Poor guy.

      • Java the Mutt was on Prozac for a while. Unfortunately, it never helped after a two-month trial. Her separation anxiety comes and goes, but she decided when she was just a 25-pound puppy (I found her at 5 or 6 months) that she did not believe in crates under any circumstances and destroyed her first. She’s gotten out of (or just plain through) another 8 in the almost 10 years I’ve had her. I wish you luck.

    • I just looked it up and Fluoxetine is the generic version of Reconcile! Good gracious I’m spending like $50 a month right now, I really need to ask my vet about the generic version because if that’s the case, we’re switching!

      We give him 48 mg. (he’s 50 lbs.) a day.

      Aleks, we saw a difference within 3 days. Our guy was able to start doing things that used to make him anxious (like going through doorways, walking up and down our basement stairs, going through hallways without running and slipping, etc.) I would say it took about 3 weeks and a foster dog to see the full results.

      Brittany, have you ever talked about weaning Izzy off the meds in the future?

      • Through our grocery store pharmacy’s discount card program, we are getting a 90-day supply for $10 — and I believe that Reconcile and Prozac are the same (both Fluoxetine). 48mg is a big dose, no? Our vet recommended 20, and said that dogs in the 35-70 pound range always get 20 . . .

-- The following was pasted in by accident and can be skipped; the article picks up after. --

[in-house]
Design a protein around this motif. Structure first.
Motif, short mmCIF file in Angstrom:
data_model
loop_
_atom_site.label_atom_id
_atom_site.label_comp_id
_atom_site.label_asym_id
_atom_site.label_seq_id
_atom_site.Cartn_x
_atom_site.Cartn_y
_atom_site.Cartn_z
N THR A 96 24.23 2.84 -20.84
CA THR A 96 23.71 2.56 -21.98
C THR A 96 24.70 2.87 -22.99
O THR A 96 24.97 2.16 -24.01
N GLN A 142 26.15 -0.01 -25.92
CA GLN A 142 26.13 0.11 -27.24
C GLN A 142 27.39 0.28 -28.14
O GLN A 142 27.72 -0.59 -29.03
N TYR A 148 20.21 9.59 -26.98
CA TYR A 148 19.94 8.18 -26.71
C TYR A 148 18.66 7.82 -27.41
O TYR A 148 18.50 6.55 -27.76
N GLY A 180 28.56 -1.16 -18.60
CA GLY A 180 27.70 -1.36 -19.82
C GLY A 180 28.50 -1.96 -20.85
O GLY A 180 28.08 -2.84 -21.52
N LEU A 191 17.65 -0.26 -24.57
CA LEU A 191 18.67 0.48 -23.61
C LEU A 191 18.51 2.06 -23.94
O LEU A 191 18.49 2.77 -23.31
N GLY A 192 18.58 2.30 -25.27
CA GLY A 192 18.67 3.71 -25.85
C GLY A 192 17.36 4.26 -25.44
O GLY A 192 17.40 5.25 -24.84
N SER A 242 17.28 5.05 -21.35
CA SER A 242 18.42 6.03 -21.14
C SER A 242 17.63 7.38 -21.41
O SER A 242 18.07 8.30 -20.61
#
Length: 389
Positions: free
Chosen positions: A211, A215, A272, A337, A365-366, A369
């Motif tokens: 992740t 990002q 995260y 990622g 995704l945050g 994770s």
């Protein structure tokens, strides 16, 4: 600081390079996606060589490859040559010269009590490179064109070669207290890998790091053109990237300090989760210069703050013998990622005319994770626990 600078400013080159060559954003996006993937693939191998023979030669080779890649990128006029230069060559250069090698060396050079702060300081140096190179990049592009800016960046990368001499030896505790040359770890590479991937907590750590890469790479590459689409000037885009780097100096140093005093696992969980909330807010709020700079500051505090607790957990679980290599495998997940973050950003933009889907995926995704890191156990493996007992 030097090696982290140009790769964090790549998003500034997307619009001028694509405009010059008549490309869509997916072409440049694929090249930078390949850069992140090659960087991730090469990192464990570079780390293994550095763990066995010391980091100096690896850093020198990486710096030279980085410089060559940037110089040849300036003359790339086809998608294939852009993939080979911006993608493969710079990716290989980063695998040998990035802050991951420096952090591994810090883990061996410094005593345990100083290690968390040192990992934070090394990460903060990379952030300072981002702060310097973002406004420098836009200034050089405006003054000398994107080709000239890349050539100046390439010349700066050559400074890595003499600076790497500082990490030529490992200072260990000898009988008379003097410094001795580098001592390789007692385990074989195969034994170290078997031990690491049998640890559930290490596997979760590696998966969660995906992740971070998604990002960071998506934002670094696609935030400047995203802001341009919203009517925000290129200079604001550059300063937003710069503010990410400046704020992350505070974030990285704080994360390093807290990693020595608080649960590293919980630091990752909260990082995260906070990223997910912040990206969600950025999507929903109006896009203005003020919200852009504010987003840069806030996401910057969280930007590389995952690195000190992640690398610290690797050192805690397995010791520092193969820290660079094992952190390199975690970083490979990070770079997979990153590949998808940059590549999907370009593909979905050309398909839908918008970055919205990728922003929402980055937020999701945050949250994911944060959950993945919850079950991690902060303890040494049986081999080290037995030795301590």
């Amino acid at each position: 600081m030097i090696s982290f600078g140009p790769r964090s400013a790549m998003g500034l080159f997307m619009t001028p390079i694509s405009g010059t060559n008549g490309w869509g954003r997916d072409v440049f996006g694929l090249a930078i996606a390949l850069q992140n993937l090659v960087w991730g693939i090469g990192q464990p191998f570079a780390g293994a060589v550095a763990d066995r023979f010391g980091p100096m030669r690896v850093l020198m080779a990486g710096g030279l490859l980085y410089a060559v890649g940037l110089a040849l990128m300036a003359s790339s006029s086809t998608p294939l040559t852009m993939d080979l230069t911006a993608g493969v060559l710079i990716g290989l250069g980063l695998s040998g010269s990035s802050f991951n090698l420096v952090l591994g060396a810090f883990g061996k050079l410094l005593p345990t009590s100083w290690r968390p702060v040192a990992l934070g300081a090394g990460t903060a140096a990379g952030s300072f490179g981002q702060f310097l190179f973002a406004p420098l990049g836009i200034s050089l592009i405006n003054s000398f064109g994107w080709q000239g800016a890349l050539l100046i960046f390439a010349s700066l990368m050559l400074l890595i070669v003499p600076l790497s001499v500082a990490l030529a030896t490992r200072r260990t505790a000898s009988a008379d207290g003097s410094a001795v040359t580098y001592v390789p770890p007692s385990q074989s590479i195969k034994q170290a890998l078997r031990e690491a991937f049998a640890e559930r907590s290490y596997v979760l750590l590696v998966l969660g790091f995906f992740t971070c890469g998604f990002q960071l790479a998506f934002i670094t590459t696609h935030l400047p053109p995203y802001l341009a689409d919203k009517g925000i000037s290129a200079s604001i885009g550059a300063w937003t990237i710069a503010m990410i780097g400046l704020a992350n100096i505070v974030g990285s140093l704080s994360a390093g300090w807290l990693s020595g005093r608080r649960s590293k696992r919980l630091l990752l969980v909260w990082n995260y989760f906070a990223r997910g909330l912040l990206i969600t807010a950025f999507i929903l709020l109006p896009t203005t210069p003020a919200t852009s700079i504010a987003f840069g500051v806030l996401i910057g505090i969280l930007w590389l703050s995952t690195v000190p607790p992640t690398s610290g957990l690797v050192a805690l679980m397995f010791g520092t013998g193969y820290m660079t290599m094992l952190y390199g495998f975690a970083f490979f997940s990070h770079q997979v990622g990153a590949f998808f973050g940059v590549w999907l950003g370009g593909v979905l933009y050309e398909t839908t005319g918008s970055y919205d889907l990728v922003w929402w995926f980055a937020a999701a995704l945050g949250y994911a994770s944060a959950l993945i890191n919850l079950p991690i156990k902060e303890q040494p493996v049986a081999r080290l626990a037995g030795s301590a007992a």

11. I feel like you just wrote a post describing our girl McMuffin. We have been dealing with crate issues as well. She fought her way out of two crates reinforced with carabiners and a heavy duty kennel (she actually broke through the welded wires). We felt terrible because she got cuts all over her nose and lips escaping. She was clearly panicked from all the drool puddles on the floor. After escaping the crates, she went straight for the doors and windows to get out. Like Snickerdoodle, she isn’t food motivated so Kongs with peanut butter and any other special treats did nothing to ease the anxiety. We tried all kinds of routines to get her used to it (leaving for short periods of time and returning, keeping her in a crate with our other dog in the room, etc) and nothing seemed to work. We spoke with a dog behaviorist who told us 50% of her cases for separation anxiety actually turn out to be a phobia of being confined. Long story short we took a leap of faith and let her roam the house while we were gone (we had hints that in her previous homes she was able to handle this without major issues). We started out with 5 minutes and built our way up to longer periods. We are still working things out but, fingers crossed, it has been working so far. She calmly naps on the couch until we return and is much more relaxed. Calm music seems to help as well. Obviously this can’t work for all cases but thought I would share. Good luck and keep us posted with the progress! Anything you learn now will certainly help us get through issues with future fosters …